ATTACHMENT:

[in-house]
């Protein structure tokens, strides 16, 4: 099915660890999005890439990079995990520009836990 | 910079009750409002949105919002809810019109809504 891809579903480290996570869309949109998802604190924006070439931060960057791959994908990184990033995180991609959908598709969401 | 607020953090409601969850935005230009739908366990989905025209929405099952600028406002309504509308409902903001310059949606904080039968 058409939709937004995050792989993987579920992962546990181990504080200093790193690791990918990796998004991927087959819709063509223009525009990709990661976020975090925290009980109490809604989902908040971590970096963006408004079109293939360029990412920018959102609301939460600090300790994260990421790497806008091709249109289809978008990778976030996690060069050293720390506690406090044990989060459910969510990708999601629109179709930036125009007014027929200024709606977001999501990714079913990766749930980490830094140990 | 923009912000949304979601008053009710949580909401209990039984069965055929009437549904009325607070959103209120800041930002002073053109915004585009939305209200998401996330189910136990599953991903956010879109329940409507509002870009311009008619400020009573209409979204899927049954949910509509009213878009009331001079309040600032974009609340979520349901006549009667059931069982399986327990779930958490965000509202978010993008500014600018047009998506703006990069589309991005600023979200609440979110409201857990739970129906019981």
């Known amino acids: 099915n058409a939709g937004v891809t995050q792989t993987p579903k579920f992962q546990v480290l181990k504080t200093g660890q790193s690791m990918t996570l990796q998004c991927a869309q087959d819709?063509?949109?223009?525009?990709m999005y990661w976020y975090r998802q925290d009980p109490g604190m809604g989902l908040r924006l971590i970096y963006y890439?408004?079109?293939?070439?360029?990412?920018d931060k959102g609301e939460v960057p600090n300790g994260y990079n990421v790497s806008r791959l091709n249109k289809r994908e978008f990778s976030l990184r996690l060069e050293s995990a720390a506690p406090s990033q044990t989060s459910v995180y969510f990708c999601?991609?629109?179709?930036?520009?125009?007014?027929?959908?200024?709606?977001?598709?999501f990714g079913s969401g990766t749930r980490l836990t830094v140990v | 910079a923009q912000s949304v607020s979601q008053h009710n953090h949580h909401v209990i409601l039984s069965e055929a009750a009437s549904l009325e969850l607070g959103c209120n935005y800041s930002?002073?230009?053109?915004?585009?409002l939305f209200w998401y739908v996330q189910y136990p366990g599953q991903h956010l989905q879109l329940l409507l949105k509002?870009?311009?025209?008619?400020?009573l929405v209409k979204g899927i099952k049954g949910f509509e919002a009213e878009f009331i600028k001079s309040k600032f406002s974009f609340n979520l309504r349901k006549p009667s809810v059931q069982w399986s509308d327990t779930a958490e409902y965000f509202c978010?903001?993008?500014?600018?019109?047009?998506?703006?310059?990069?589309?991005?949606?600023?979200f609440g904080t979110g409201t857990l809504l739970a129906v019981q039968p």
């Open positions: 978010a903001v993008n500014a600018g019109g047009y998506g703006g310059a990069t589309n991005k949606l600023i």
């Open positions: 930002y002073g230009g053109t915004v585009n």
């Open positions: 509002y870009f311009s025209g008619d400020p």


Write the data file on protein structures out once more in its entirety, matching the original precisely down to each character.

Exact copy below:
[in-house]
């Protein structure tokens, strides 16, 4: 099915660890999005890439990079995990520009836990 | 910079009750409002949105919002809810019109809504 891809579903480290996570869309949109998802604190924006070439931060960057791959994908990184990033995180991609959908598709969401 | 607020953090409601969850935005230009739908366990989905025209929405099952600028406002309504509308409902903001310059949606904080039968 058409939709937004995050792989993987579920992962546990181990504080200093790193690791990918990796998004991927087959819709063509223009525009990709990661976020975090925290009980109490809604989902908040971590970096963006408004079109293939360029990412920018959102609301939460600090300790994260990421790497806008091709249109289809978008990778976030996690060069050293720390506690406090044990989060459910969510990708999601629109179709930036125009007014027929200024709606977001999501990714079913990766749930980490830094140990 | 923009912000949304979601008053009710949580909401209990039984069965055929009437549904009325607070959103209120800041930002002073053109915004585009939305209200998401996330189910136990599953991903956010879109329940409507509002870009311009008619400020009573209409979204899927049954949910509509009213878009009331001079309040600032974009609340979520349901006549009667059931069982399986327990779930958490965000509202978010993008500014600018047009998506703006990069589309991005600023979200609440979110409201857990739970129906019981």
């Known amino acids: 099915n058409a939709g937004v891809t995050q792989t993987p579903k579920f992962q546990v480290l181990k504080t200093g660890q790193s690791m990918t996570l990796q998004c991927a869309q087959d819709?063509?949109?223009?525009?990709m999005y990661w976020y975090r998802q925290d009980p109490g604190m809604g989902l908040r924006l971590i970096y963006y890439?408004?079109?293939?070439?360029?990412?920018d931060k959102g609301e939460v960057p600090n300790g994260y990079n990421v790497s806008r791959l091709n249109k289809r994908e978008f990778s976030l990184r996690l060069e050293s995990a720390a506690p406090s990033q044990t989060s459910v995180y969510f990708c999601?991609?629109?179709?930036?520009?125009?007014?027929?959908?200024?709606?977001?598709?999501f990714g079913s969401g990766t749930r980490l836990t830094v140990v | 910079a923009q912000s949304v607020s979601q008053h009710n953090h949580h909401v209990i409601l039984s069965e055929a009750a009437s549904l009325e969850l607070g959103c209120n935005y800041s930002?002073?230009?053109?915004?585009?409002l939305f209200w998401y739908v996330q189910y136990p366990g599953q991903h956010l989905q879109l329940l409507l949105k509002?870009?311009?025209?008619?400020?009573l929405v209409k979204g899927i099952k049954g949910f509509e919002a009213e878009f009331i600028k001079s309040k600032f406002s974009f609340n979520l309504r349901k006549p009667s809810v059931q069982w399986s509308d327990t779930a958490e409902y965000f509202c978010?903001?993008?500014?600018?019109?047009?998506?703006?310059?990069?589309?991005?949606?600023?979200f609440g904080t979110g409201t857990l809504l739970a129906v019981q039968p």
């Open positions: 978010a903001v993008n500014a600018g019109g047009y998506g703006g310059a990069t589309n991005k949606l600023i």
């Open positions: 930002y002073g230009g053109t915004v585009n």
């Open positions: 509002y870009f311009s025209g008619d400020p």